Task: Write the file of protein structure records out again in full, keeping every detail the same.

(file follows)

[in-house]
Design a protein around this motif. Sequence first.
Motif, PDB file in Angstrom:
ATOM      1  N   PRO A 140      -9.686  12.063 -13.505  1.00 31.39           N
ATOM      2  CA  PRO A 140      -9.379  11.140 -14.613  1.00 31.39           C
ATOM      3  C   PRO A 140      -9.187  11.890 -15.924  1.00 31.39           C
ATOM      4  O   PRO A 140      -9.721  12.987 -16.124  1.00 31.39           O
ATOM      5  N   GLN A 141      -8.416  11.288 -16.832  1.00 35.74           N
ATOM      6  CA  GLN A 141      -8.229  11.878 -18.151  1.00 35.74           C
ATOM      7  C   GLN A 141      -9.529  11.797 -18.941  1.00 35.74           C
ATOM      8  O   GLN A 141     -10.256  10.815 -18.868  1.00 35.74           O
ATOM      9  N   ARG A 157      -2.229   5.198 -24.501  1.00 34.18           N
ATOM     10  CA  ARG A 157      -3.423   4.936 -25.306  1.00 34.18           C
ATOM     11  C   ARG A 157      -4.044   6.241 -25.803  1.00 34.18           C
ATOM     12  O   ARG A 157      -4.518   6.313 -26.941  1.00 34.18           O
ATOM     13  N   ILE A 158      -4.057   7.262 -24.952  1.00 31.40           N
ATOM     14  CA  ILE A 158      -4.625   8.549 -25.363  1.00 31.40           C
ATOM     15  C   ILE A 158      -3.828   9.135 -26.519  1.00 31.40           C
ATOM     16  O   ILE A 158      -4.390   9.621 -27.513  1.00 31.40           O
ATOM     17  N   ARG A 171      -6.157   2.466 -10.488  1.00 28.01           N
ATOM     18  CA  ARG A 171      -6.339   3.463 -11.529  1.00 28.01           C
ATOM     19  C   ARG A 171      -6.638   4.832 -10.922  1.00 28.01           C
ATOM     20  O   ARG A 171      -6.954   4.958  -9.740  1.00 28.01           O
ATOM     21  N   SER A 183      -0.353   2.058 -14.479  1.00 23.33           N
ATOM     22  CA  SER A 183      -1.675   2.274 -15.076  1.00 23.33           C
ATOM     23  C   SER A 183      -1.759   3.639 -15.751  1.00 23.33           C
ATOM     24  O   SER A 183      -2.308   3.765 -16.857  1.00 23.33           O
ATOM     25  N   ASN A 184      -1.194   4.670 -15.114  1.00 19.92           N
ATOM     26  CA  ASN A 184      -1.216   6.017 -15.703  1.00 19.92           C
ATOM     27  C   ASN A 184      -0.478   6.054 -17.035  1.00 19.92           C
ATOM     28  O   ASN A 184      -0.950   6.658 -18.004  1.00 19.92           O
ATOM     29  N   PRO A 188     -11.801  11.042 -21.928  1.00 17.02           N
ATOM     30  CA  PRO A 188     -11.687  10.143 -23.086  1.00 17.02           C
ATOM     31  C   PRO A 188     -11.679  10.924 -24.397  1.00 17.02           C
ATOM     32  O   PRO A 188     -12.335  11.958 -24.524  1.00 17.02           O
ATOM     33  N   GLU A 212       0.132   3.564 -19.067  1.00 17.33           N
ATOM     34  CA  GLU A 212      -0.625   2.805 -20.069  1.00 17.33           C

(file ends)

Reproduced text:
[in-house]
Design a protein around this motif. Sequence first.
Motif, PDB file in Angstrom:
ATOM      1  N   PRO A 140      -9.686  12.063 -13.505  1.00 31.39           N
ATOM      2  CA  PRO A 140      -9.379  11.140 -14.613  1.00 31.39           C
ATOM      3  C   PRO A 140      -9.187  11.890 -15.924  1.00 31.39           C
ATOM      4  O   PRO A 140      -9.721  12.987 -16.124  1.00 31.39           O
ATOM      5  N   GLN A 141      -8.416  11.288 -16.832  1.00 35.74           N
ATOM      6  CA  GLN A 141      -8.229  11.878 -18.151  1.00 35.74           C
ATOM      7  C   GLN A 141      -9.529  11.797 -18.941  1.00 35.74           C
ATOM      8  O   GLN A 141     -10.256  10.815 -18.868  1.00 35.74           O
ATOM      9  N   ARG A 157      -2.229   5.198 -24.501  1.00 34.18           N
ATOM     10  CA  ARG A 157      -3.423   4.936 -25.306  1.00 34.18           C
ATOM     11  C   ARG A 157      -4.044   6.241 -25.803  1.00 34.18           C
ATOM     12  O   ARG A 157      -4.518   6.313 -26.941  1.00 34.18           O
ATOM     13  N   ILE A 158      -4.057   7.262 -24.952  1.00 31.40           N
ATOM     14  CA  ILE A 158      -4.625   8.549 -25.363  1.00 31.40           C
ATOM     15  C   ILE A 158      -3.828   9.135 -26.519  1.00 31.40           C
ATOM     16  O   ILE A 158      -4.390   9.621 -27.513  1.00 31.40           O
ATOM     17  N   ARG A 171      -6.157   2.466 -10.488  1.00 28.01           N
ATOM     18  CA  ARG A 171      -6.339   3.463 -11.529  1.00 28.01           C
ATOM     19  C   ARG A 171      -6.638   4.832 -10.922  1.00 28.01           C
ATOM     20  O   ARG A 171      -6.954   4.958  -9.740  1.00 28.01           O
ATOM     21  N   SER A 183      -0.353   2.058 -14.479  1.00 23.33           N
ATOM     22  CA  SER A 183      -1.675   2.274 -15.076  1.00 23.33           C
ATOM     23  C   SER A 183      -1.759   3.639 -15.751  1.00 23.33           C
ATOM     24  O   SER A 183      -2.308   3.765 -16.857  1.00 23.33           O
ATOM     25  N   ASN A 184      -1.194   4.670 -15.114  1.00 19.92           N
ATOM     26  CA  ASN A 184      -1.216   6.017 -15.703  1.00 19.92           C
ATOM     27  C   ASN A 184      -0.478   6.054 -17.035  1.00 19.92           C
ATOM     28  O   ASN A 184      -0.950   6.658 -18.004  1.00 19.92           O
ATOM     29  N   PRO A 188     -11.801  11.042 -21.928  1.00 17.02           N
ATOM     30  CA  PRO A 188     -11.687  10.143 -23.086  1.00 17.02           C
ATOM     31  C   PRO A 188     -11.679  10.924 -24.397  1.00 17.02           C
ATOM     32  O   PRO A 188     -12.335  11.958 -24.524  1.00 17.02           O
ATOM     33  N   GLU A 212       0.132   3.564 -19.067  1.00 17.33           N
ATOM     34  CA  GLU A 212      -0.625   2.805 -20.069  1.00 17.33           C